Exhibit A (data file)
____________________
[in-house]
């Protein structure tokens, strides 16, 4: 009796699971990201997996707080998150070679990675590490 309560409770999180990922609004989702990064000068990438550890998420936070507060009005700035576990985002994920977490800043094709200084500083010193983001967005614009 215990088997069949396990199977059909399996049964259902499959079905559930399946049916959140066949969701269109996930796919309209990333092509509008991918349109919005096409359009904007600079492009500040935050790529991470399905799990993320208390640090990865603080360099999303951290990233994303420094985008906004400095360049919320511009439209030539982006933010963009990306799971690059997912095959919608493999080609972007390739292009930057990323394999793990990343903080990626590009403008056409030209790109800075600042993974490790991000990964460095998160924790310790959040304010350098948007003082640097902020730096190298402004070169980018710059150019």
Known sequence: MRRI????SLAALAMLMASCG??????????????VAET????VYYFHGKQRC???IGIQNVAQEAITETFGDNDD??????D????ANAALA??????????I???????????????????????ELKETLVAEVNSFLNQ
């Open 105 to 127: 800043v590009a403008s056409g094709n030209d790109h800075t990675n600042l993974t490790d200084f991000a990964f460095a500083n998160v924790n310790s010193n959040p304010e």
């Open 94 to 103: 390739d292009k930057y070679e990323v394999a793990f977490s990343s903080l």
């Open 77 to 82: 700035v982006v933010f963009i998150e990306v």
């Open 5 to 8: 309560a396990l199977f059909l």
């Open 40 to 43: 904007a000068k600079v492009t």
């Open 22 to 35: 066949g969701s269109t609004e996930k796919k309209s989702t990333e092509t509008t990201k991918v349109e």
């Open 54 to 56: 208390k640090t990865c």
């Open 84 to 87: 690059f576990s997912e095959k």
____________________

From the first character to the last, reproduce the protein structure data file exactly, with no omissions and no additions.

[in-house]
């Protein structure tokens, strides 16, 4: 009796699971990201997996707080998150070679990675590490 309560409770999180990922609004989702990064000068990438550890998420936070507060009005700035576990985002994920977490800043094709200084500083010193983001967005614009 215990088997069949396990199977059909399996049964259902499959079905559930399946049916959140066949969701269109996930796919309209990333092509509008991918349109919005096409359009904007600079492009500040935050790529991470399905799990993320208390640090990865603080360099999303951290990233994303420094985008906004400095360049919320511009439209030539982006933010963009990306799971690059997912095959919608493999080609972007390739292009930057990323394999793990990343903080990626590009403008056409030209790109800075600042993974490790991000990964460095998160924790310790959040304010350098948007003082640097902020730096190298402004070169980018710059150019």
Known sequence: MRRI????SLAALAMLMASCG??????????????VAET????VYYFHGKQRC???IGIQNVAQEAITETFGDNDD??????D????ANAALA??????????I???????????????????????ELKETLVAEVNSFLNQ
């Open 105 to 127: 800043v590009a403008s056409g094709n030209d790109h800075t990675n600042l993974t490790d200084f991000a990964f460095a500083n998160v924790n310790s010193n959040p304010e």
């Open 94 to 103: 390739d292009k930057y070679e990323v394999a793990f977490s990343s903080l």
């Open 77 to 82: 700035v982006v933010f963009i998150e990306v």
């Open 5 to 8: 309560a396990l199977f059909l």
């Open 40 to 43: 904007a000068k600079v492009t």
């Open 22 to 35: 066949g969701s269109t609004e996930k796919k309209s989702t990333e092509t509008t990201k991918v349109e």
């Open 54 to 56: 208390k640090t990865c």
């Open 84 to 87: 690059f576990s997912e095959k």